In Xi’an Metals & Minerals Import & Export Co., Ltd., & The Stanley Works (Langfang) Fastening Systems Co., Ltd. and Stanley Black and Decker, Inc., v. United States, & Mid Continent Steel & Wire, Inc., Slip Op. 17-120, Court No. 15-00109 (September, 6 2017) the Court reviewed Commerce’s determinations from the final results of the Fifth Administrative Review the Antidumping Order covering certain steel nails from the People’s Republic of China (PRC). For the following reasons the Court remanded in part back Commerce for further consideration, but upheld in part other parts of the review.
The first issue was Commerce’s selection of Thailand as the surrogate for the non-market economy (NME) of the PRC. Plaintiffs challenged the selection because, there was reported corruption in Thailand as the military controlled the government during the period of review which inflated statistics. The Court said the “record evidence of manipulation of Thai customs values does not rise to such a level” where Commerce must reject it. Id. at 11. In regards to the military, “the burden is on the plaintiff, however, to provide for the record evidence to support its argument.” The Court said the plaintiffs did not present enough evidence the military affected surrogate values. Id. at 11. The Court upheld the selection of Thailand as a surrogate.
The next issue was whether the surrogate values used by Commerce were unreliable. Plaintiff believed that the some fees were unreasonable for surrogate calculation. With regards to the brokerage and handling fees, no arguments happened during the administrative review under Commerce. The court shall “require the exhaustion of administrative remedies” before jurisdiction can be exercised. Id. at 16. In this case, the Court said “by failing to raise this argument until now, Xi’an Metals deprived ITA of the opportunity to consider the matter” and therefore the Court may not consider the issue. Id. at 17. In regards to the labor fees, plaintiffs argued the fees were counted twice. The Court said “by not removing the various line items such as welfare and social security and compensation that are presumptively included already in the Thai NSO rate, the SV for labor is inflated.” Id. at 24. The Court remanded the labor fees back to Commerce for further consideration.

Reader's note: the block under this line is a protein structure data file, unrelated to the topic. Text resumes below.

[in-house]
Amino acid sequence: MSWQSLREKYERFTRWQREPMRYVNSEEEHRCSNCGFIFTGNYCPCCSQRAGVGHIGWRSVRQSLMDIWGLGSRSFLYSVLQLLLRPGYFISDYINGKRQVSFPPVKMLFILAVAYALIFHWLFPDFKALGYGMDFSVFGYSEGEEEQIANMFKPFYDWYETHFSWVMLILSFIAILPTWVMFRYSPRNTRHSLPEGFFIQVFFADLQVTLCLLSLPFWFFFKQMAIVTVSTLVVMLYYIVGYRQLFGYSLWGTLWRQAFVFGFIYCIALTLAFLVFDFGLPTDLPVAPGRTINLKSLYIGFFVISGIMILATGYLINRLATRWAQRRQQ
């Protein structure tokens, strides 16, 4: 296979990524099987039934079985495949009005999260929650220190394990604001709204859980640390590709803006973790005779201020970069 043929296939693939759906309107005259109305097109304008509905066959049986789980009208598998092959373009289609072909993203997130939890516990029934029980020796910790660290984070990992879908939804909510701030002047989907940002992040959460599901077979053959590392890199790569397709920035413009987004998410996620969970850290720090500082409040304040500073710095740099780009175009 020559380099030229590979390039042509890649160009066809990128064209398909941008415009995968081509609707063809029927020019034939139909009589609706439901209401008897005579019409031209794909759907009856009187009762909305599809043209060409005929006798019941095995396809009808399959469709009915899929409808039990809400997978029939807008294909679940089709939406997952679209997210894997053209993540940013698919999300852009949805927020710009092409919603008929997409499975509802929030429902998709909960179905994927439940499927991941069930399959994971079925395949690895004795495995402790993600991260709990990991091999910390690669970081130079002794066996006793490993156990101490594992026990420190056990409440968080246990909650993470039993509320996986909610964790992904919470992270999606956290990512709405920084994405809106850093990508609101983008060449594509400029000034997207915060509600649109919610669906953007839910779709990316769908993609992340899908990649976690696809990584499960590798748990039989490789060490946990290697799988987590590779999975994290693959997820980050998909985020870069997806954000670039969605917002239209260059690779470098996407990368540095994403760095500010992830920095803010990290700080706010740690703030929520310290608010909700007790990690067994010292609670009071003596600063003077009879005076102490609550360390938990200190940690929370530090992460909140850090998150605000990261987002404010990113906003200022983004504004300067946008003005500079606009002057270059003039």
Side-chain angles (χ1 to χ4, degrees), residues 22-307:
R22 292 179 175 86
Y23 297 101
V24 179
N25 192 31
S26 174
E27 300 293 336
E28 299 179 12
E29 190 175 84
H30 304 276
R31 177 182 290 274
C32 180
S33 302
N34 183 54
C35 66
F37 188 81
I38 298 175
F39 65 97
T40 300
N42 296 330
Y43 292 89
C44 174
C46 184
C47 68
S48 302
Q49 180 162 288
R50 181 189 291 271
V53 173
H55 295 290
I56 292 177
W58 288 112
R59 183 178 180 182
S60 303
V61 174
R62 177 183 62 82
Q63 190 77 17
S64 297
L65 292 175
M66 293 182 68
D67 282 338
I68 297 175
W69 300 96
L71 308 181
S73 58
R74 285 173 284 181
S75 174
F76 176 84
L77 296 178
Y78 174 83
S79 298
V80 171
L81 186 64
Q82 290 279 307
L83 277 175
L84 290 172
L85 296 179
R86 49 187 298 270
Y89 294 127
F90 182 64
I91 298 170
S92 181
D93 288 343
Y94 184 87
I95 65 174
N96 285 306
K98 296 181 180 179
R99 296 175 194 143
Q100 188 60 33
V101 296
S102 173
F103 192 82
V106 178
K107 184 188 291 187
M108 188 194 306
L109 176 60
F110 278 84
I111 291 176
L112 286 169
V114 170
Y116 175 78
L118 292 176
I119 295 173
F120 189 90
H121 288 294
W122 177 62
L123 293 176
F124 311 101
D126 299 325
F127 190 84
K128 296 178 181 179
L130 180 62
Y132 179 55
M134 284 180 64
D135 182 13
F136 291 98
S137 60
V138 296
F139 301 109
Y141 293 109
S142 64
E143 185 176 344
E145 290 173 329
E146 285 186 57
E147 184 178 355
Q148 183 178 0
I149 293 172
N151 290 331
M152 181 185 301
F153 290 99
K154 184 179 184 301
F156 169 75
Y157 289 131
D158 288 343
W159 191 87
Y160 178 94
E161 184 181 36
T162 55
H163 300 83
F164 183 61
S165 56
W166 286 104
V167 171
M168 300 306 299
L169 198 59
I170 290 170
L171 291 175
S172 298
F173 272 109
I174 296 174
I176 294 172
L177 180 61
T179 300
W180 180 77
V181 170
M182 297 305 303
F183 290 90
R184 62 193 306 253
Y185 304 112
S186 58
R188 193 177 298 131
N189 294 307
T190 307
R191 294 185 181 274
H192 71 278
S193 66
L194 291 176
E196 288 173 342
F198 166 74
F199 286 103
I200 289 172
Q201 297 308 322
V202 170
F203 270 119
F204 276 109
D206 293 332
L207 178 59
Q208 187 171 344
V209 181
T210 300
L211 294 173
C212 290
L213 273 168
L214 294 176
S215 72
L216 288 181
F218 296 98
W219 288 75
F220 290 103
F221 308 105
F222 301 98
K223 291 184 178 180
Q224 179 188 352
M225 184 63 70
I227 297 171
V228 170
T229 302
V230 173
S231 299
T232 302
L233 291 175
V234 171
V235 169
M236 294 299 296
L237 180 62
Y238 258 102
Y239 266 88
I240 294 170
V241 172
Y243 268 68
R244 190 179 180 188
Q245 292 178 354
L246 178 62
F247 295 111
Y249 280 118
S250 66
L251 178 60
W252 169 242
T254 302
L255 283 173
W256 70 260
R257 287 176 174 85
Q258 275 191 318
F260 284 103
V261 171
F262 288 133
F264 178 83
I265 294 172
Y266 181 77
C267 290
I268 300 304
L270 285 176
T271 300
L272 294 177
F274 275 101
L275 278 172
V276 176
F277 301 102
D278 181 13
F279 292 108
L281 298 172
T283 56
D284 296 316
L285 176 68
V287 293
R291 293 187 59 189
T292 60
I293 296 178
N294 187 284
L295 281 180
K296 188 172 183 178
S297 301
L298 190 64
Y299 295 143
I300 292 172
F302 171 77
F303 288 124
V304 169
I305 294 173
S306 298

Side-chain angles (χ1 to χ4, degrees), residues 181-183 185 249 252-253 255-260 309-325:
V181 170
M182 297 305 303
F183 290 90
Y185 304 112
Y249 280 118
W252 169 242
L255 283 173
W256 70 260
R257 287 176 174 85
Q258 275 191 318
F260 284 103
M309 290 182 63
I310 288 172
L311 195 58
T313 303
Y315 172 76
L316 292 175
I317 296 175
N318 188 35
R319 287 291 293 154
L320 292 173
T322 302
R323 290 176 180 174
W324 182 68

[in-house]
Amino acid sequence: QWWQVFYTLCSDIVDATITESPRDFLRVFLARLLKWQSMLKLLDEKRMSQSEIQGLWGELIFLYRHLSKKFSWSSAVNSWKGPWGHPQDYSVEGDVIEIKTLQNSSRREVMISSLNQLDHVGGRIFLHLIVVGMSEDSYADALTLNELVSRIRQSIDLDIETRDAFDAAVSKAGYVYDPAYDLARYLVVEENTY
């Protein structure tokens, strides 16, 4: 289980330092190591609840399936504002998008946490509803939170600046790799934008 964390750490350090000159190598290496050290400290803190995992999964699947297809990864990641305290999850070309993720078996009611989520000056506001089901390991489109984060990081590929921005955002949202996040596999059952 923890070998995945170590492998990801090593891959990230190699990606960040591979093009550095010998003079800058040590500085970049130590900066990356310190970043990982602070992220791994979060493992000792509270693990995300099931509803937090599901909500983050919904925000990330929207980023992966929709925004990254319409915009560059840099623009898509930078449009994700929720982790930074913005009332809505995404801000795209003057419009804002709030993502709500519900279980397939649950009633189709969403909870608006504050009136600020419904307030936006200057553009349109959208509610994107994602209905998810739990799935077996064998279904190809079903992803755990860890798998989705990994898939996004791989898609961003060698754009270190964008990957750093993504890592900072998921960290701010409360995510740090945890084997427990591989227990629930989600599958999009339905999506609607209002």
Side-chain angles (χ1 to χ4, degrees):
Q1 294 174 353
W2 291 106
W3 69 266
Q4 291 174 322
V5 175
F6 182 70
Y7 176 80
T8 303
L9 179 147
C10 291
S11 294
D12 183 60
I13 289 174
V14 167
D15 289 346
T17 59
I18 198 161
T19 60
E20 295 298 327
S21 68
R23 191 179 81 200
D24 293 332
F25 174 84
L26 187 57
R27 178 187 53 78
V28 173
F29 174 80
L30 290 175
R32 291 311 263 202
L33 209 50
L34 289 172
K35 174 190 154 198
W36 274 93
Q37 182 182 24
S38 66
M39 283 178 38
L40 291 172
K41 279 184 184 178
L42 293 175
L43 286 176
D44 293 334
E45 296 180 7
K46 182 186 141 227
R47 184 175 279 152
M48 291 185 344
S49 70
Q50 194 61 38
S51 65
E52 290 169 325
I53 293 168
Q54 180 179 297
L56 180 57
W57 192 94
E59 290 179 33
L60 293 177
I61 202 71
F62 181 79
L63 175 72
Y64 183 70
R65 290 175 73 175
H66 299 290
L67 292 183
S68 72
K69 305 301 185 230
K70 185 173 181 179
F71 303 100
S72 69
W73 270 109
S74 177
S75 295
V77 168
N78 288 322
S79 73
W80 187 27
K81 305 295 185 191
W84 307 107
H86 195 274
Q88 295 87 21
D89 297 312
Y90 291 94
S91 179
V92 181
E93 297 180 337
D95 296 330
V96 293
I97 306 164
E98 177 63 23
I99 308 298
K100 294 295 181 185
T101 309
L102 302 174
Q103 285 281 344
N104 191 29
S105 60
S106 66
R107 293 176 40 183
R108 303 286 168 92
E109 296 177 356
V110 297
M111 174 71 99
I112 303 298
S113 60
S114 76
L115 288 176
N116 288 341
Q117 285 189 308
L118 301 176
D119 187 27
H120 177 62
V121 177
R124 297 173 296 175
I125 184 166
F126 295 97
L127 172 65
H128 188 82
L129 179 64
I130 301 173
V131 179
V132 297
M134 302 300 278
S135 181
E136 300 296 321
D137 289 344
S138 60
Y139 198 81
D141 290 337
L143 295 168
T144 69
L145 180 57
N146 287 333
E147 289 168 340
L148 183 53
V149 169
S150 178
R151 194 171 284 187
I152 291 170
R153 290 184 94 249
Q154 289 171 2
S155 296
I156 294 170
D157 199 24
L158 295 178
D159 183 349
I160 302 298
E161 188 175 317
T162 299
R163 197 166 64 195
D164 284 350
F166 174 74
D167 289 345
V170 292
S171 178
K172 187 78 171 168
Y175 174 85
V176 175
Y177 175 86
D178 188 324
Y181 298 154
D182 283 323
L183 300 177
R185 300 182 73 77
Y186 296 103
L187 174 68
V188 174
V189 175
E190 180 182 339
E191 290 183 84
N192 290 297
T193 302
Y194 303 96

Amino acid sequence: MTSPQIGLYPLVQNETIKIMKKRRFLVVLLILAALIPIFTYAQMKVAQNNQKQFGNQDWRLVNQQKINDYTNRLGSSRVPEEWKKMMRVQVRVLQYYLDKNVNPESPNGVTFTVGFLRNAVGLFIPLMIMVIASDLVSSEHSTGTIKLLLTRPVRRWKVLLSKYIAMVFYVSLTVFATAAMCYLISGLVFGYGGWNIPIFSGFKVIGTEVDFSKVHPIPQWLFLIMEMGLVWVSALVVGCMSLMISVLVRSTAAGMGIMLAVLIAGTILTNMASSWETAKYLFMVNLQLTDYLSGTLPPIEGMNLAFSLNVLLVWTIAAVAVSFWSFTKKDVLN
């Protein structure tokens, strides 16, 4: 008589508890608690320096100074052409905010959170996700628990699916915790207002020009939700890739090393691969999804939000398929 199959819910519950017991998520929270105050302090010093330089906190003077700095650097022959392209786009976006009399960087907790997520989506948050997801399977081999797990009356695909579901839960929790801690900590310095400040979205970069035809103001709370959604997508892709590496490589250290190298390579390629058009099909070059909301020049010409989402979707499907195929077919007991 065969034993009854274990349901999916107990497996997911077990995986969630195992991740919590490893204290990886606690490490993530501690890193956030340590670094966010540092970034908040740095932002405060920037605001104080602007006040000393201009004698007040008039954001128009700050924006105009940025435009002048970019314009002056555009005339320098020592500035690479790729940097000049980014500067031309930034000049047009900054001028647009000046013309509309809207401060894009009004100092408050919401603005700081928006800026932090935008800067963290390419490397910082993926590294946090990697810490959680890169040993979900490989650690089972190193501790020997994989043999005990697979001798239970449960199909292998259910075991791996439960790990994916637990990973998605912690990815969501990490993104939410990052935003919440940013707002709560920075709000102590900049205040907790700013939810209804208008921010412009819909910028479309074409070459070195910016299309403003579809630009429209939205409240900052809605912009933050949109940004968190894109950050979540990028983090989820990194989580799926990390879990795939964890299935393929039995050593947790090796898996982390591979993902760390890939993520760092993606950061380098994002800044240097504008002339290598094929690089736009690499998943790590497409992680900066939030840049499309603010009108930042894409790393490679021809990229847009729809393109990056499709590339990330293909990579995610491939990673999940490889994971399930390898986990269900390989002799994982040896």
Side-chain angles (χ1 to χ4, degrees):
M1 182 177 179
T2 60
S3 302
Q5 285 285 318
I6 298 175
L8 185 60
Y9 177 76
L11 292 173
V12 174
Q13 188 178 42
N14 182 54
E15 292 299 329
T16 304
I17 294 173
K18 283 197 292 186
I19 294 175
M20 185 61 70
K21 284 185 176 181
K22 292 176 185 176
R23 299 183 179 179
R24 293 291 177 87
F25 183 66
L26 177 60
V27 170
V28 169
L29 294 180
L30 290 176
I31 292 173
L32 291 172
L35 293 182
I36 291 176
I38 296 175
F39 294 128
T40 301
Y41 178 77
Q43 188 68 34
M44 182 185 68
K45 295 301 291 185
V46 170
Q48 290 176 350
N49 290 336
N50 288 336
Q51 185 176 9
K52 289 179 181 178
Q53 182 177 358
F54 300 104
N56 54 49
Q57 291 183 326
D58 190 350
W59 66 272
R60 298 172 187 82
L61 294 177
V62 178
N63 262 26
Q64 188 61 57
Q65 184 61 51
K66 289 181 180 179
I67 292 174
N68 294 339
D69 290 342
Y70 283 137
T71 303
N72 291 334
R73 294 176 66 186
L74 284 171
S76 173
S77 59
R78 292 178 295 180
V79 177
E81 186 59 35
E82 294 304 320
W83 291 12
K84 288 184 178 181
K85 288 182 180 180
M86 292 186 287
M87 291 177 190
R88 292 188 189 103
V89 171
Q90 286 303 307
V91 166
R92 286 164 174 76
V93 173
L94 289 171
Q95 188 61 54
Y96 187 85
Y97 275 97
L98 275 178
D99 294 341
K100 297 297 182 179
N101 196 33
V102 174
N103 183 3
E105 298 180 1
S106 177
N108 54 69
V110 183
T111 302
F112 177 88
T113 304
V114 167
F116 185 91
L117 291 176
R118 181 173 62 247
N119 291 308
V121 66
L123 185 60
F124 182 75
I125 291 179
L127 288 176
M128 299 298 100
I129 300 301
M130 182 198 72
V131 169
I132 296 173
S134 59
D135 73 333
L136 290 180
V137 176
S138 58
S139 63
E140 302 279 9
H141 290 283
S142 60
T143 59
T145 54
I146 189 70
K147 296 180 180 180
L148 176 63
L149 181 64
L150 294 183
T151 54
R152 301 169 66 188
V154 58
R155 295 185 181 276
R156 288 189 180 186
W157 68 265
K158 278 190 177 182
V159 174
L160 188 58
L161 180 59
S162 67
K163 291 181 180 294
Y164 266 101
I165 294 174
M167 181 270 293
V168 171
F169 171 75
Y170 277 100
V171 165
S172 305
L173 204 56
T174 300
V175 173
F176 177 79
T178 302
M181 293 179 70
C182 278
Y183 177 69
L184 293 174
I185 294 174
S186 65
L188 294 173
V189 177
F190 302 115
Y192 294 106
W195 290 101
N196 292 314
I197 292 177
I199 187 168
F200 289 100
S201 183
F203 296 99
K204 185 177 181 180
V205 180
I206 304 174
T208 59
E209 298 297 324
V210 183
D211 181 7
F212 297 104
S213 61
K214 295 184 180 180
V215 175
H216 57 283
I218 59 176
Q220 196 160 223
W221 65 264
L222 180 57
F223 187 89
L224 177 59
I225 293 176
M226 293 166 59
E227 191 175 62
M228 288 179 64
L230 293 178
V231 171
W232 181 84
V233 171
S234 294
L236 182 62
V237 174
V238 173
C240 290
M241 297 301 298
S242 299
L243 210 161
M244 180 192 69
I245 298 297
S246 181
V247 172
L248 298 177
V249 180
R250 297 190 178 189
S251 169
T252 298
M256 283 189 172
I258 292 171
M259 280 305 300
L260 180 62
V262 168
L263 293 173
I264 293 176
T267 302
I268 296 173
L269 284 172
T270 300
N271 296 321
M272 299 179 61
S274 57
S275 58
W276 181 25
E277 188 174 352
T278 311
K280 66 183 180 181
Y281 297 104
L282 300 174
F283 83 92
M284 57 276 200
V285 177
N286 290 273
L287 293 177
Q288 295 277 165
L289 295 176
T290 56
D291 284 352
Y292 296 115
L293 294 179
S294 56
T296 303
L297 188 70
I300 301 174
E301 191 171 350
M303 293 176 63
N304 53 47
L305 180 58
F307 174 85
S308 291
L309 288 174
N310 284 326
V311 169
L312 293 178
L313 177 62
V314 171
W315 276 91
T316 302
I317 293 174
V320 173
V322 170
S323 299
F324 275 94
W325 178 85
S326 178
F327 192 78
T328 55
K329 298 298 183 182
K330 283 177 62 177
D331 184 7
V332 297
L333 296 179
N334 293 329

The final issues were raised by consolidated plaintiffs, who argued that clerical errors made by the respondent inflated the ADD rate and challenged the use of the A-T method by defendant. A decimal point was misplaced in the hundredth column of a spreadsheet provided to Commerce by respondent. Commerce refused to adjust the ADD for such a mistake which led to an increase in the dumping margin of about 30%. Given the large adverse affect, the Court remanded the issue for reconsideration by Commerce. The other issue was the use of the A-T method by plaintiff to calculate dumping margin. In general A-A or T-T method is preferred unless “the existence of a pattern of export prices that differ significantly among customers, regions, or time periods” is found. Id. at 28. Plaintiffs attacked the A-T method for not being in conformity with regulations and as an improper application of the test used to prove irregularities. The Court said defendant missed the “point that the regulation expressly limits the A-T methodology to those sales that constitute targeted dumping”. Id. at 36. It was improper for Commerce to apply the A-T methodology to all Stanley sales”. Id. at 37. In regards to the rest of plaintiff arguments, the Court said “plaintiffs have not established that ITA’s utilization of its differential pricing analysis was out of order”. Id. at 63. The labor surrogate values and A-T methodology were remanded back to Commerce for further consideration.